CINCINNATI—Research that has involved thousands of Cincinnati-area residents over the past 16 years is assured of another five years of shedding light on stroke incidence and awareness.
The Greater Cincinnati/Northern Kentucky Stroke Study, which identifies all hospitalized and autopsied cases of stroke and transient ischemic attack (TIA) in a five-county region, began in 1993 at the University of Cincinnati (UC) College of Medicine. Since that time, at least 20,000 people have contributed to the understanding of stroke through the study.
Brett Kissela, MD, and Dawn Kleindorfer, MD, co-principal investigators for the project and associate professors in the neurology department, recently learned that they were successful in an application with the National Institutes of Health to renew the study for another five years. The total grant award is about $6.8 million.
“This grant will support a lot of people for a very large team,” says Kissela. “The study is such a great resource for understanding stroke—how it applies in our community and therefore how we can generalize that out to the rest of the country.”
Says Kleindorfer: “Any new drug, any new therapy, any clinical trial that’s going to be planned has to start with this question: How many people is it going to be relevant for? That’s where our study comes in.”
The Greater Cincinnati/Northern Kentucky Stroke Study was begun by Joseph Broderick, MD, its first principal investigator and now chair of the neurology department. He had spent five years as a medical intern, neurology resident and fellow in cerebrovascular disease at the Mayo Clinic in Rochester, Minn., where records about incidence of stroke over time had been kept in a central repository since the 1950s.
“When I came to Cincinnati, I thought it would be nice to do it in a population that’s more representative of the United States, because Rochester’s population was well to do, highly educated and pretty much all white,” says Broderick. “That way, the data from our population could be used to provide some of the best information on what’s happening in stroke in our country.”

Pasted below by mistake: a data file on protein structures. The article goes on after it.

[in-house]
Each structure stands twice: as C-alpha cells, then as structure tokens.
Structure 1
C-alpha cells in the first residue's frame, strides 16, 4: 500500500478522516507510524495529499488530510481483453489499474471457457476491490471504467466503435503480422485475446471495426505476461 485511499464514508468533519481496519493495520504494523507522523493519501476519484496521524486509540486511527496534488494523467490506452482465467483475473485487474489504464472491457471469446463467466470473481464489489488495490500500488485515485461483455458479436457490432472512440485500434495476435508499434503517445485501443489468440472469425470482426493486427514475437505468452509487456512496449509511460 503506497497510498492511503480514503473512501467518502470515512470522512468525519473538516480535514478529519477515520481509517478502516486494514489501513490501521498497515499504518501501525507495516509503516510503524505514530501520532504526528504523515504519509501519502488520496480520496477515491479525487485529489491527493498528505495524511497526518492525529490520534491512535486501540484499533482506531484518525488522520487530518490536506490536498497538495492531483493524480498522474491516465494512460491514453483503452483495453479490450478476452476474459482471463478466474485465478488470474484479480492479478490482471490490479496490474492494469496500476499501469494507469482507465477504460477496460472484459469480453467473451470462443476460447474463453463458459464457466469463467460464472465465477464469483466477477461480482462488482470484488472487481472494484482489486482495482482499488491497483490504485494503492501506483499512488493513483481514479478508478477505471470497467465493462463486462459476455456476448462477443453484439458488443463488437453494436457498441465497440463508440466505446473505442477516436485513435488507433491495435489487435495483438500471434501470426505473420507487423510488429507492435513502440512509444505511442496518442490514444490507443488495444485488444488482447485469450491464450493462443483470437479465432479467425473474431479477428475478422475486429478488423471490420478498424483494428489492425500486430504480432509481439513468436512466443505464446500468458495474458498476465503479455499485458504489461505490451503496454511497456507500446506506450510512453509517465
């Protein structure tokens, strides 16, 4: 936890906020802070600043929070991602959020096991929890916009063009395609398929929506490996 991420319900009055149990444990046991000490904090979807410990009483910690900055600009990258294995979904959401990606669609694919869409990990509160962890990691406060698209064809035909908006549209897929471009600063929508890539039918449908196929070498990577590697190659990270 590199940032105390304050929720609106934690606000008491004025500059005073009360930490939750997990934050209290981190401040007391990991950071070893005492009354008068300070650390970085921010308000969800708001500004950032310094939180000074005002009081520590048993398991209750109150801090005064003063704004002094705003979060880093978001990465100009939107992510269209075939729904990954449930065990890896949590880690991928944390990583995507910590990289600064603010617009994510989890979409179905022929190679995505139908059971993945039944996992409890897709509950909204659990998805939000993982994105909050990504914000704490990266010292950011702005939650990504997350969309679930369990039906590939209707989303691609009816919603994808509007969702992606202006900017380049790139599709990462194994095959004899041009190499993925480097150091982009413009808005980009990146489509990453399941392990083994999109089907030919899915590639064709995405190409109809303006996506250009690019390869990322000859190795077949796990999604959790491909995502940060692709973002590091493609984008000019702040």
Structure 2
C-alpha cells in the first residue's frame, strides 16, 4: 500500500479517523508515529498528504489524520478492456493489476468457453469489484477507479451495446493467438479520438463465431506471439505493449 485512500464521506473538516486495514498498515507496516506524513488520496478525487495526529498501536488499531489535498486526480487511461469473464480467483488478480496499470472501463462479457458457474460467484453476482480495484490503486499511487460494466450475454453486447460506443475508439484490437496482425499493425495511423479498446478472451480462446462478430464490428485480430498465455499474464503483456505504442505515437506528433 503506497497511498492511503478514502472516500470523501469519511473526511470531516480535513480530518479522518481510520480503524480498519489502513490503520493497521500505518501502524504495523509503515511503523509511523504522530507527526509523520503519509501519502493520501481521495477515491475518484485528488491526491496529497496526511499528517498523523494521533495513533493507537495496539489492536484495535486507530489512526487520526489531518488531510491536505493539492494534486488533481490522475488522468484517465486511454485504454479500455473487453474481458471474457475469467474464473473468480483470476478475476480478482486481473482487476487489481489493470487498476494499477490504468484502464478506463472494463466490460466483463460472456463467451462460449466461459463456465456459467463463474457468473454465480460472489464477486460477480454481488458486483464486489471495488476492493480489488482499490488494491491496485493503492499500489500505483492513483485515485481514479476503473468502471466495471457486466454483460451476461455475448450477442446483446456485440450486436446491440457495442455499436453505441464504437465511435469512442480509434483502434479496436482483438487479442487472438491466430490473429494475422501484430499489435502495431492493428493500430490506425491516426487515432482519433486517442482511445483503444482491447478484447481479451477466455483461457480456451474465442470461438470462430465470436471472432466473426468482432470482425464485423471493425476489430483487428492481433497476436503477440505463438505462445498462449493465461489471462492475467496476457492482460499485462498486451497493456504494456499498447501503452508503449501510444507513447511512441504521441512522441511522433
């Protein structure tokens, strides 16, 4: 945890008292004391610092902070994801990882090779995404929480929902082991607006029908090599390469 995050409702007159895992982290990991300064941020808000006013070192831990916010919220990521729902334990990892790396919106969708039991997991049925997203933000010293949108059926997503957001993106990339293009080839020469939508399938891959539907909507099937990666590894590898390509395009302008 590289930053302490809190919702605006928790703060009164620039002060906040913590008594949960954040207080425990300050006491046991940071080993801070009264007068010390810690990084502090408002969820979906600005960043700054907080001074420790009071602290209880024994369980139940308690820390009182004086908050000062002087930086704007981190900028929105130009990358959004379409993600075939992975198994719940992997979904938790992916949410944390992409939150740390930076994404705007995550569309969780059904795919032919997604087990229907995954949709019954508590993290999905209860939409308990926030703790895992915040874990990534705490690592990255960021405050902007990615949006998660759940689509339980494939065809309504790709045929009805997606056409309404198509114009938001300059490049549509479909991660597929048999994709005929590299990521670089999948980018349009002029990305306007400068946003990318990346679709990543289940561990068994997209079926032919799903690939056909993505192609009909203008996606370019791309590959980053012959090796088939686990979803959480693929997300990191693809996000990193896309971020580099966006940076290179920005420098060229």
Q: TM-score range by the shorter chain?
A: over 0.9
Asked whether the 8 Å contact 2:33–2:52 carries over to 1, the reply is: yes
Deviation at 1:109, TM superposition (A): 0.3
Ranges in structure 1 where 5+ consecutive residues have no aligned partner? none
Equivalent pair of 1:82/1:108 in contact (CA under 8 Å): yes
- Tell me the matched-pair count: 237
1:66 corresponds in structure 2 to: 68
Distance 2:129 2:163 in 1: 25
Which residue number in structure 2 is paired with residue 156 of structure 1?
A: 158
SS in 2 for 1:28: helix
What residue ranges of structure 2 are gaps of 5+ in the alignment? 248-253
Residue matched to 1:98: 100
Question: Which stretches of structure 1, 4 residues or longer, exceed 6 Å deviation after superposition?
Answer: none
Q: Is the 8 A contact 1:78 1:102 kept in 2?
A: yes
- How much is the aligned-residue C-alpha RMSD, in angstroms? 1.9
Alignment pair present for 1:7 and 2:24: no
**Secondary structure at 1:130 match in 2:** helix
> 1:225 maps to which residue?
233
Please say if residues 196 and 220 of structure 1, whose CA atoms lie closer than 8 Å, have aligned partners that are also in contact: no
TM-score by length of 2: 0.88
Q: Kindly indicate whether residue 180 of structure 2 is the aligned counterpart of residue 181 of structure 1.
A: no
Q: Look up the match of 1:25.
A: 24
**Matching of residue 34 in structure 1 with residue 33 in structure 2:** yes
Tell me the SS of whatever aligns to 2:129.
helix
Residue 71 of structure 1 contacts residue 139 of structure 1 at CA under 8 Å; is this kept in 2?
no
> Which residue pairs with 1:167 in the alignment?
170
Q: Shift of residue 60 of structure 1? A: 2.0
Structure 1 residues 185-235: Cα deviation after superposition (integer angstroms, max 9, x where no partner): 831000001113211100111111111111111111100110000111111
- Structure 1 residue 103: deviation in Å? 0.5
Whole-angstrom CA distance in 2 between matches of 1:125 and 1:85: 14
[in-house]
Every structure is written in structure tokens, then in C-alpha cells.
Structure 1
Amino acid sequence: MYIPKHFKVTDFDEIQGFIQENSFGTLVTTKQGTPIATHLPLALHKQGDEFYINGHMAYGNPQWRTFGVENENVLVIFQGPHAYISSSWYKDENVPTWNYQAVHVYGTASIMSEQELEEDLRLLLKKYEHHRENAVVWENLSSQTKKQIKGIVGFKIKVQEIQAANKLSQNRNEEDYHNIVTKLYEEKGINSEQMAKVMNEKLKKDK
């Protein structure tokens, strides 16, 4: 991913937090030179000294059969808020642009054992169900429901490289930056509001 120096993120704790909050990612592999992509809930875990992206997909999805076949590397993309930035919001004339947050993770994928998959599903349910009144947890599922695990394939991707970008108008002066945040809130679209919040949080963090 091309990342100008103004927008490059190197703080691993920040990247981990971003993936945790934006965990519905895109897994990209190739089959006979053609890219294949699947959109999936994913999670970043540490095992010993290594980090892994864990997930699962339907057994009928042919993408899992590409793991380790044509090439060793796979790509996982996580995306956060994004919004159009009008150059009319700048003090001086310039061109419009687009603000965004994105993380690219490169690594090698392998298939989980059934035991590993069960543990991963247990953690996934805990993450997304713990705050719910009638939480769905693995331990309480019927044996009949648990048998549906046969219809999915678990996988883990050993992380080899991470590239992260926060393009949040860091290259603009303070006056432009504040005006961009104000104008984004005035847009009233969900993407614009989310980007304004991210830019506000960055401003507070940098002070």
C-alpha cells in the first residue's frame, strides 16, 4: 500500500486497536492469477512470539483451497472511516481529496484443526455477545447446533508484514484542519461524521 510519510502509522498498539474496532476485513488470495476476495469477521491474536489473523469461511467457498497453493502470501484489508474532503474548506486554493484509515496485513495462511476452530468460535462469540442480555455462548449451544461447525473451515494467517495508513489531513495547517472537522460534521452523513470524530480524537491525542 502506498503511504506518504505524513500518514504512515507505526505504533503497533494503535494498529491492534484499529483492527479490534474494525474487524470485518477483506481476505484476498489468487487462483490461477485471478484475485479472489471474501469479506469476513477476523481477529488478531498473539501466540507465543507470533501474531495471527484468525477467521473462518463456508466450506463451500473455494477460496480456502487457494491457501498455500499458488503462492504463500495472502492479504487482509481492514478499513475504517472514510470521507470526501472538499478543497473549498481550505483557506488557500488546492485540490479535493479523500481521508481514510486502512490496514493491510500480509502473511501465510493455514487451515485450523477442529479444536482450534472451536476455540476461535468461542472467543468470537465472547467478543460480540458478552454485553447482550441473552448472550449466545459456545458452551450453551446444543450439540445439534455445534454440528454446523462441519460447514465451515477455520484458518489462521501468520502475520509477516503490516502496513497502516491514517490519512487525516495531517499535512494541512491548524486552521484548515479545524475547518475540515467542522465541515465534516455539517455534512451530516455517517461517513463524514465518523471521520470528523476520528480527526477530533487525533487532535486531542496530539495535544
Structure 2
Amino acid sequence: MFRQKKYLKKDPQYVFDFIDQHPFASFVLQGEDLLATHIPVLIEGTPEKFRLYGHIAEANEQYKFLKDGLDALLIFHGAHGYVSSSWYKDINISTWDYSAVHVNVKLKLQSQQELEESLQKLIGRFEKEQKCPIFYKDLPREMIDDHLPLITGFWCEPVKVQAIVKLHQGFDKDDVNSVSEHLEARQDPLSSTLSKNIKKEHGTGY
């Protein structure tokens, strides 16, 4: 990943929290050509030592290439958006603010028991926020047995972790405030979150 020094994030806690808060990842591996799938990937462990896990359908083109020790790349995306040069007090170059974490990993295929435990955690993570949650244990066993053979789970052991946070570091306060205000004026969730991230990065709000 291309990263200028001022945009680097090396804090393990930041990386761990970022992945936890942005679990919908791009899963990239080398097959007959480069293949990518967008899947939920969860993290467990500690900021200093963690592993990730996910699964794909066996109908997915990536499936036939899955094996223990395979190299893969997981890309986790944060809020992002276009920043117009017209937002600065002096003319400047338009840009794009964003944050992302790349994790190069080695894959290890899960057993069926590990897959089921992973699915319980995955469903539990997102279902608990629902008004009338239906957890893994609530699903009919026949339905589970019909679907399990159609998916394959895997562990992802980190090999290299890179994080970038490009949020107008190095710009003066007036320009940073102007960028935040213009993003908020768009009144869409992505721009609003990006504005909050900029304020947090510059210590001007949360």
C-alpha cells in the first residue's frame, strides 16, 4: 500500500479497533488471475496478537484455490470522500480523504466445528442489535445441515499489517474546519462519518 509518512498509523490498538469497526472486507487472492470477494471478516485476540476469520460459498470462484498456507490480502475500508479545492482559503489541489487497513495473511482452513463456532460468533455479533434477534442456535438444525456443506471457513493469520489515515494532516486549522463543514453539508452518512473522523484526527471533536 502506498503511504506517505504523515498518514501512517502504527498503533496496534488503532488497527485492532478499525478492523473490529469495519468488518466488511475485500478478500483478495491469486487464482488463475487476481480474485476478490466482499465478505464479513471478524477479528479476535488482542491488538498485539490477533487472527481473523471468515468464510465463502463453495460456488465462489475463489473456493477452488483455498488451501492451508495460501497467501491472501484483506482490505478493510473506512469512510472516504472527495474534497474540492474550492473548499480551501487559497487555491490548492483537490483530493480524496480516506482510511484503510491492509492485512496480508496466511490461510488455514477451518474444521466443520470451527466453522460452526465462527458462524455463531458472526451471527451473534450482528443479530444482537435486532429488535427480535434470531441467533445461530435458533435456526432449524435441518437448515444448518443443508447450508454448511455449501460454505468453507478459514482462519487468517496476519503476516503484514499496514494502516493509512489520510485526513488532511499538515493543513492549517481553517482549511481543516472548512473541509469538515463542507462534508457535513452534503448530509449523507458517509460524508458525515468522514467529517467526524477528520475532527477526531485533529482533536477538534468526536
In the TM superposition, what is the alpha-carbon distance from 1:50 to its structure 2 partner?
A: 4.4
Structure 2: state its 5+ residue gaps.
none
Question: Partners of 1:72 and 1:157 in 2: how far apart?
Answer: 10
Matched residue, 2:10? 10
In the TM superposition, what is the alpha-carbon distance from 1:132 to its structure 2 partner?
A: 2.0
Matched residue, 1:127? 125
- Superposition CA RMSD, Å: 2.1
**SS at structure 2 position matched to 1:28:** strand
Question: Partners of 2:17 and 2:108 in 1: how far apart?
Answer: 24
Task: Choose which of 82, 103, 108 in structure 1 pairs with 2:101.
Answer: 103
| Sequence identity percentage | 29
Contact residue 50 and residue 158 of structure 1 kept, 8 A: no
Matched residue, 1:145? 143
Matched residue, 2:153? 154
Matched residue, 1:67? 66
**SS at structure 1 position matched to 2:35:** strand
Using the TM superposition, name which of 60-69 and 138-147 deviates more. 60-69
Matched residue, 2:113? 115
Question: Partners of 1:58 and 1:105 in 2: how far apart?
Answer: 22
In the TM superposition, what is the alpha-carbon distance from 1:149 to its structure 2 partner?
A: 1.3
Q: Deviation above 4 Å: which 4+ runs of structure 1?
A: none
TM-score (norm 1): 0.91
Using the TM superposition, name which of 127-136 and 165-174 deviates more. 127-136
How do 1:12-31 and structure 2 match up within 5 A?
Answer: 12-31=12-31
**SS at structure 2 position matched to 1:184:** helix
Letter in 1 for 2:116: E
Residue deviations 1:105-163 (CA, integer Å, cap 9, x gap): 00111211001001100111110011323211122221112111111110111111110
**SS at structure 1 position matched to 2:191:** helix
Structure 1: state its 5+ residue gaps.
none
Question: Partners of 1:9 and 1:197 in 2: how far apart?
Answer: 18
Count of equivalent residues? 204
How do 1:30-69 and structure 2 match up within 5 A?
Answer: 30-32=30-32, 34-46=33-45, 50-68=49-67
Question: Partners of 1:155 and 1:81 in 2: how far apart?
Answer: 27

As Kleindorfer puts it, “Anytime you hear the national numbers for stroke, they come from our city.”
In addition to screening all hospitals and coroner’s offices in the region, plus a sampling of nursing homes and physicians’ offices, study team members also conduct surveys of the general population to assess stroke awareness and understanding. “We’re trying to figure out what they know, what they understand and how that’s changing over time,” Kleindorfer says.
Over the past 16 years, the study has produced numerous major findings, particularly with regard to racial disparities in stroke. It found that African-Americans have higher rates of stroke than Caucasians, and that they tend to have them at a younger age. In addition, the study found that the number of hemorrhages due to blood thinners rose four-fold over a 10-year period due to increased use of blood thinners to prevent stroke due to atrial fibrillation.
“Nobody had known that before, and that’s why you have to track what happens over time to see how stroke is changing in the city by age, race and gender, and how our care is changing in the city,” says Broderick.
Earlier this year, Kleindorfer presented information at the International Stroke Conference in San Diego showing that ischemic stroke incidence (caused by blockage of blood flow to the brain) appears to be declining over time with whites while remaining stable among blacks, suggesting a possible racial disparity for black stroke incidence. That paper was selected among the top 5 percent of scientific presentations at the upcoming American Academy of Neurology meeting in Seattle, along with her poster on eligibility for the clot-busting drug rt-PA among ischemic stroke patients.